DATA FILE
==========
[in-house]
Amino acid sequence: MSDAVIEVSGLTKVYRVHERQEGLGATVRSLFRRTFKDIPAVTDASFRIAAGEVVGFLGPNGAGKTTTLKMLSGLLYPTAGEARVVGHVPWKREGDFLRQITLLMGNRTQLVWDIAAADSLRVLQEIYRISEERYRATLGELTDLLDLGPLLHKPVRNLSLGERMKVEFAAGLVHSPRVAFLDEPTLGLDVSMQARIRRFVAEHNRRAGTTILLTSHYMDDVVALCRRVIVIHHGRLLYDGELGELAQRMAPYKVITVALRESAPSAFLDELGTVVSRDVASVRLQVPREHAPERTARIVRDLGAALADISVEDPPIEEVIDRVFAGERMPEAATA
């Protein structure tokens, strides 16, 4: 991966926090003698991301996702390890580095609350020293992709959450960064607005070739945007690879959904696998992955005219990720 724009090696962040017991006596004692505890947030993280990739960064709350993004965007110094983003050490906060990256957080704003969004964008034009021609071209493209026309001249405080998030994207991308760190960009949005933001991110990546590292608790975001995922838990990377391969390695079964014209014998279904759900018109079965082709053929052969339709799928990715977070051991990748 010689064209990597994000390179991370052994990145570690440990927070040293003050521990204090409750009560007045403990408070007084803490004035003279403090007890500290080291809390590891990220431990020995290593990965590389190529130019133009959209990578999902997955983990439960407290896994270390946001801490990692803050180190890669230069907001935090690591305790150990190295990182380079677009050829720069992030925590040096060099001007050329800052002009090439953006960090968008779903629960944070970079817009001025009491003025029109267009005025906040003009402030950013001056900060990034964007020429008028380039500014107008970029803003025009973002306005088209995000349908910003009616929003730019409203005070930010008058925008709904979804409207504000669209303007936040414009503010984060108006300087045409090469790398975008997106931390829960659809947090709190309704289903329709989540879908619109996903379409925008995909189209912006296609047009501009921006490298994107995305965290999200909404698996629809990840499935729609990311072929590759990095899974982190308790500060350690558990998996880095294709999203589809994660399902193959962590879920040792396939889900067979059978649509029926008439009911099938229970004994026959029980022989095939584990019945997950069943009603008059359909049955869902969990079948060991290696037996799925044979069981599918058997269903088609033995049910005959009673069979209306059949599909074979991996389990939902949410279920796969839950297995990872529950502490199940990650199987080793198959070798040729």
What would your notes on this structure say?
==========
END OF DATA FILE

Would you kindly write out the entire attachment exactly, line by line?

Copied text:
[in-house]
Amino acid sequence: MSDAVIEVSGLTKVYRVHERQEGLGATVRSLFRRTFKDIPAVTDASFRIAAGEVVGFLGPNGAGKTTTLKMLSGLLYPTAGEARVVGHVPWKREGDFLRQITLLMGNRTQLVWDIAAADSLRVLQEIYRISEERYRATLGELTDLLDLGPLLHKPVRNLSLGERMKVEFAAGLVHSPRVAFLDEPTLGLDVSMQARIRRFVAEHNRRAGTTILLTSHYMDDVVALCRRVIVIHHGRLLYDGELGELAQRMAPYKVITVALRESAPSAFLDELGTVVSRDVASVRLQVPREHAPERTARIVRDLGAALADISVEDPPIEEVIDRVFAGERMPEAATA
């Protein structure tokens, strides 16, 4: 991966926090003698991301996702390890580095609350020293992709959450960064607005070739945007690879959904696998992955005219990720 724009090696962040017991006596004692505890947030993280990739960064709350993004965007110094983003050490906060990256957080704003969004964008034009021609071209493209026309001249405080998030994207991308760190960009949005933001991110990546590292608790975001995922838990990377391969390695079964014209014998279904759900018109079965082709053929052969339709799928990715977070051991990748 010689064209990597994000390179991370052994990145570690440990927070040293003050521990204090409750009560007045403990408070007084803490004035003279403090007890500290080291809390590891990220431990020995290593990965590389190529130019133009959209990578999902997955983990439960407290896994270390946001801490990692803050180190890669230069907001935090690591305790150990190295990182380079677009050829720069992030925590040096060099001007050329800052002009090439953006960090968008779903629960944070970079817009001025009491003025029109267009005025906040003009402030950013001056900060990034964007020429008028380039500014107008970029803003025009973002306005088209995000349908910003009616929003730019409203005070930010008058925008709904979804409207504000669209303007936040414009503010984060108006300087045409090469790398975008997106931390829960659809947090709190309704289903329709989540879908619109996903379409925008995909189209912006296609047009501009921006490298994107995305965290999200909404698996629809990840499935729609990311072929590759990095899974982190308790500060350690558990998996880095294709999203589809994660399902193959962590879920040792396939889900067979059978649509029926008439009911099938229970004994026959029980022989095939584990019945997950069943009603008059359909049955869902969990079948060991290696037996799925044979069981599918058997269903088609033995049910005959009673069979209306059949599909074979991996389990939902949410279920796969839950297995990872529950502490199940990650199987080793198959070798040729």
What would your notes on this structure say?